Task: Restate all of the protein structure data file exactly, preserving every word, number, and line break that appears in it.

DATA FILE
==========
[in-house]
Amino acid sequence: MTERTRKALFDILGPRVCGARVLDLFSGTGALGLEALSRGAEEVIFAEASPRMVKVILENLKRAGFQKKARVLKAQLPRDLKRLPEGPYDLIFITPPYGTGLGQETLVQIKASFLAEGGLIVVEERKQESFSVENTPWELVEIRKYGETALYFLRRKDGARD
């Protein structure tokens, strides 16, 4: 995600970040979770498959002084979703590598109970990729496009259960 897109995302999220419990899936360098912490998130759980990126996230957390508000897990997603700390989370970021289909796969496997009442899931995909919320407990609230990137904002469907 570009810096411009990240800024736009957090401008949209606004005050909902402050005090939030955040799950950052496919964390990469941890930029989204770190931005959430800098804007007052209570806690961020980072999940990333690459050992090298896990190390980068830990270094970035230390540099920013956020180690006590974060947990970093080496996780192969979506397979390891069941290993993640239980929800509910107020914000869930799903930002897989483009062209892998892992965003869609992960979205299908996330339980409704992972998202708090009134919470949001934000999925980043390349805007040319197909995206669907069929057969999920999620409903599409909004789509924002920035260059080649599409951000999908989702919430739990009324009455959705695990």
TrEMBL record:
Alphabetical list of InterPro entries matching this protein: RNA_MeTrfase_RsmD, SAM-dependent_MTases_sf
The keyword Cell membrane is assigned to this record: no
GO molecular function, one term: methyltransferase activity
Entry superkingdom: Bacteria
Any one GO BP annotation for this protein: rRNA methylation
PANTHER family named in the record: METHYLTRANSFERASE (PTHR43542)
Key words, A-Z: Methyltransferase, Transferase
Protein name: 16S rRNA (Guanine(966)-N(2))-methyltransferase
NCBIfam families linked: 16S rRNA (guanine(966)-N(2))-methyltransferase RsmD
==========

[in-house]
Amino acid sequence: MTERTRKALFDILGPRVCGARVLDLFSGTGALGLEALSRGAEEVIFAEASPRMVKVILENLKRAGFQKKARVLKAQLPRDLKRLPEGPYDLIFITPPYGTGLGQETLVQIKASFLAEGGLIVVEERKQESFSVENTPWELVEIRKYGETALYFLRRKDGARD
């Protein structure tokens, strides 16, 4: 995600970040979770498959002084979703590598109970990729496009259960 897109995302999220419990899936360098912490998130759980990126996230957390508000897990997603700390989370970021289909796969496997009442899931995909919320407990609230990137904002469907 570009810096411009990240800024736009957090401008949209606004005050909902402050005090939030955040799950950052496919964390990469941890930029989204770190931005959430800098804007007052209570806690961020980072999940990333690459050992090298896990190390980068830990270094970035230390540099920013956020180690006590974060947990970093080496996780192969979506397979390891069941290993993640239980929800509910107020914000869930799903930002897989483009062209892998892992965003869609992960979205299908996330339980409704992972998202708090009134919470949001934000999925980043390349805007040319197909995206669907069929057969999920999620409903599409909004789509924002920035260059080649599409951000999908989702919430739990009324009455959705695990």
TrEMBL record:
Alphabetical list of InterPro entries matching this protein: RNA_MeTrfase_RsmD, SAM-dependent_MTases_sf
The keyword Cell membrane is assigned to this record: no
GO molecular function, one term: methyltransferase activity
Entry superkingdom: Bacteria
Any one GO BP annotation for this protein: rRNA methylation
PANTHER family named in the record: METHYLTRANSFERASE (PTHR43542)
Key words, A-Z: Methyltransferase, Transferase
Protein name: 16S rRNA (Guanine(966)-N(2))-methyltransferase
NCBIfam families linked: 16S rRNA (guanine(966)-N(2))-methyltransferase RsmD